The People who made and used Clovis and Folsom tools were traders. Trade (sometimes called exchange) is an economic activity. People traded points of different types of stone. They also exchanged knowledge about how those points were made. They traded food supplies and knowledge about how to cultivate gardens. They traded luxury goods such as decorative beads. Trade began when humans began to acquire material goods (things) and continues today.
Stone artifacts called Clovis points have a distinctive style that can be easily identified and linked to People who lived in North America more than 12,000 years ago. These points have been found in archaeological sites all over the United States, including North Dakota. Archaeologists have found more points in the southern and eastern areas of the United States than elsewhere. However, by looking at where Clovis points have been found, we can conclude that the People traveled from place to place and often met other People. When they got together, they traded goods and information. (See Map 1.)
Folsom points were also widely distributed, but more Folsom points have been found in archaeological sites in the Great Plains region than elsewhere. (See Map 2.) Though the trade patterns may have varied some, the widespread distribution of Folsom points indicates that trade among groups of People was important in communicating technological information. It is likely, that when People gathered to trade stone tools, they also traded information about how to use or make the tools. They exchanged information on where to find plant foods and how to use them. In addition, these gatherings probably involved inter-cultural marriages.
Knife River flint from quarries in Dunn County, North Dakota, was a very important trade item. Knife River flint was traded to People who migrated around the country, trading with other People. In this complex of trading relationships, trade items such as Knife River flint ended up hundreds of miles from North Dakota. Two or three Knife River flint Clovis points have been found near St. Louis, Missouri. Some archaeologists think that it is possible that People traveled by boat or raft down the Missouri from the Knife River flint quarries. Boats would have given them the ability to transport greater quantities of flint. Otherwise, they traveled on foot and carried the large stone blanks or finished points on their backs.
The people who settled in North Dakota traded for goods they could not find here. Food, of course, was a major trade item, but things like copper (perhaps from Michigan) and shells from the oceans have been found in archaeological sites. (See Image 1.) The People who lived in North Dakota probably did not travel to the ocean to pick up shells. These items were probably traded “down the line.” They were acquired by trade with other people, who traded with other people, etc.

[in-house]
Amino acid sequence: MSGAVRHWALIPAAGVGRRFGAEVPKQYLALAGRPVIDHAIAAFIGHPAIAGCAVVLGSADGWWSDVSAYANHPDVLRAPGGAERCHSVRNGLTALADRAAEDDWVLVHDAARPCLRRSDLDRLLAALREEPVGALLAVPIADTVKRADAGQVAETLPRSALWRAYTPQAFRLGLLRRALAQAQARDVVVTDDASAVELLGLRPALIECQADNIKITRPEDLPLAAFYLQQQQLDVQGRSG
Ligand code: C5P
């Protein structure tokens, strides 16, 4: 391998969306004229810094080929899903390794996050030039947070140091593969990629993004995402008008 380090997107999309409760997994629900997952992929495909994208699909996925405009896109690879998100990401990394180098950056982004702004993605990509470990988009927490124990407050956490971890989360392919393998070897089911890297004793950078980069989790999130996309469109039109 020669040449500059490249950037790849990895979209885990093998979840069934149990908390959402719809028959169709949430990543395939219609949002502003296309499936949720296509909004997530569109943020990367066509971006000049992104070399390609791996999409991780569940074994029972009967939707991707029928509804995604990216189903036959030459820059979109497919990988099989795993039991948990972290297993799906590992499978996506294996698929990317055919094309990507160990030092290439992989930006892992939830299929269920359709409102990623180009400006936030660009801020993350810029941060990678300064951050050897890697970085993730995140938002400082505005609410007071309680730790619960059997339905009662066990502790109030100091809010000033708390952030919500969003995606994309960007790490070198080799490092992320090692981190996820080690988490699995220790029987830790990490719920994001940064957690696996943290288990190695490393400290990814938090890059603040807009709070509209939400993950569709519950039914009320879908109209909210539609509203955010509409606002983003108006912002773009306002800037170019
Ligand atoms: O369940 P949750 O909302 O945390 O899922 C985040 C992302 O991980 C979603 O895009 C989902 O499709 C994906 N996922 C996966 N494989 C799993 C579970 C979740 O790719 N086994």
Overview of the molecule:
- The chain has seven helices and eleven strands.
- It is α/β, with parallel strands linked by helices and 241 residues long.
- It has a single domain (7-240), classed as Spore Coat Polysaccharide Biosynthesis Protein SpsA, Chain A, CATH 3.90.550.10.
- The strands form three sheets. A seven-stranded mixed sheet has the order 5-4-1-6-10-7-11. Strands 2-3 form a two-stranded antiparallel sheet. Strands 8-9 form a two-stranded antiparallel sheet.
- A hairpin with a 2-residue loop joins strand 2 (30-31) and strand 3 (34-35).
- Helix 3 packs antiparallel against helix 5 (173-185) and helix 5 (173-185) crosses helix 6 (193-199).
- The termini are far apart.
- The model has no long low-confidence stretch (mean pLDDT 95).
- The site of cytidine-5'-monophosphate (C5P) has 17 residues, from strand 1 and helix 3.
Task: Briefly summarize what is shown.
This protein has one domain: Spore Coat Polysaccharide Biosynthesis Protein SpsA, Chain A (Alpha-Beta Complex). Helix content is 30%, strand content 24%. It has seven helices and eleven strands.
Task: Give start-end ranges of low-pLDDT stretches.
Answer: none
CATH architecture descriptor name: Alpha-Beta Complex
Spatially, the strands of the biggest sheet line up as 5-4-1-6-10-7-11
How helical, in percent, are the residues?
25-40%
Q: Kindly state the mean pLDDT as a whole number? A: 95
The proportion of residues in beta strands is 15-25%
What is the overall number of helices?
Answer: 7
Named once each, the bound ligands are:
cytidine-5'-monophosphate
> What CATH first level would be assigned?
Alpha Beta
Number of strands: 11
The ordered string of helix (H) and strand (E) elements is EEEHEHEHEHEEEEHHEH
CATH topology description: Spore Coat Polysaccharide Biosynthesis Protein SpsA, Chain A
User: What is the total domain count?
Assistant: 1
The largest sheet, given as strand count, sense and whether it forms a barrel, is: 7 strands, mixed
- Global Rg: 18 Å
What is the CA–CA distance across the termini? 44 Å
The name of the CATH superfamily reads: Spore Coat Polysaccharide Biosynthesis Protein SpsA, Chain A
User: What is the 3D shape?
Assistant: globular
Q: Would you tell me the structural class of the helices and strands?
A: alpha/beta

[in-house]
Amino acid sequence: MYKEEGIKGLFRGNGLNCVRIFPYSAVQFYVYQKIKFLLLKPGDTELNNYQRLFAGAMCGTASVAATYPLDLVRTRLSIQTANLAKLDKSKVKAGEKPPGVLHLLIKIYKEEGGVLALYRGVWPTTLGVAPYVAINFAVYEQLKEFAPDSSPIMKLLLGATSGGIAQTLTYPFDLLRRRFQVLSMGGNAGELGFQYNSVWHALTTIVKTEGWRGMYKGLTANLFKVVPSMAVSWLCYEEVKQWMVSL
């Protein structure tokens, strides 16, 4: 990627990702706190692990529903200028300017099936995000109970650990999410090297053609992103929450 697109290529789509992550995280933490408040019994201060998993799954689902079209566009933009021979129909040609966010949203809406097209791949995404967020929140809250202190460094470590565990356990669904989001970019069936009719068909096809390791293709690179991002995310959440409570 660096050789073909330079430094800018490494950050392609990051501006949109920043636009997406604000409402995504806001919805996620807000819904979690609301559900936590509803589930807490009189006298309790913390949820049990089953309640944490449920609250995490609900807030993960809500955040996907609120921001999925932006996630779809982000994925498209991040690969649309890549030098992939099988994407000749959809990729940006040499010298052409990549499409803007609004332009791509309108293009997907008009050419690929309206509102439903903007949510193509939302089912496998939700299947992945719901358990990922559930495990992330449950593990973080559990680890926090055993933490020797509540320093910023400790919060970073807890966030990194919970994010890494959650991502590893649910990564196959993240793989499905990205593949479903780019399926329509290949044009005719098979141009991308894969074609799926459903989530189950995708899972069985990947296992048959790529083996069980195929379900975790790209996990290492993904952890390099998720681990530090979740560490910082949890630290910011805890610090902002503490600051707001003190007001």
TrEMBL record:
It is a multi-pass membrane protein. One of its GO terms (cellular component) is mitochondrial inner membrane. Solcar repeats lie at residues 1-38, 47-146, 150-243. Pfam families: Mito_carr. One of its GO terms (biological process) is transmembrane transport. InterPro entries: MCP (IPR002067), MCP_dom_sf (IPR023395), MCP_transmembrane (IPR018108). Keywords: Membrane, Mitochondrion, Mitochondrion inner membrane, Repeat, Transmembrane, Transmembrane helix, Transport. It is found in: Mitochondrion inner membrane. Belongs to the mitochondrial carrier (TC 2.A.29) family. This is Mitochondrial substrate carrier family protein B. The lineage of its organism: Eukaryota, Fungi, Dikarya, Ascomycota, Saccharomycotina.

Once the People acquired copper, they also had to learn how to work with it. However, North Dakota People might not have used copper in the same way as the People they got it from. They may have adapted some of their own skills and needs to the use of the new material. Archaeologists have found a few copper pieces that indicate that copper was often used for personal decoration.
Trade was an important part of the ways that cultures changed. There were four major advances that probably came about because of trade. Through trade, People of the Northern Great Plains learned to make pottery, to practice horticulture (gardening), to make and use bows and arrows, and to build mounds to bury their dead. Trade introduced new skills for making and using the technology. Cultural habits of hunting, cooking, travel, and spiritual beliefs changed, too. For instance, when People acquired the skill of making pottery, they could carry and store water more efficiently. They could also cook their food directly over a fire or mix their food with water to cook as soup. (See Image 2.) As pottery-makers became more skilled, the pots became more useful in transferring heat from the fire to the food. (See Image 3.) The People had to locate sources of clay for making pottery. Pottery (along with other innovations such as gardening) might have encouraged People to settle into permanent villages. (See Images 4 and 5.) Nomadic People would have found pottery to be heavy and easily broken.
Why is this important? Trade was an important part of life in ancient North Dakota. Through trade, People were able to acquire tools and materials they needed for a better life. They encountered other People as friends who could share ideas and skills with them. Their lives improved as they hunted more efficiently, acquired more food, and prepared it more healthfully, and learned to grow food for themselves. Trade brought innovations and ideas that led to cultural change. In this step-by-step manner, cultures changed. Some people continued to follow the bison herds because they became very efficient hunters with the bow and arrow. Others chose to establish settled villages where they could find clay for pottery and plants and animals for food. Trade gave People new materials, new skills, and more choices.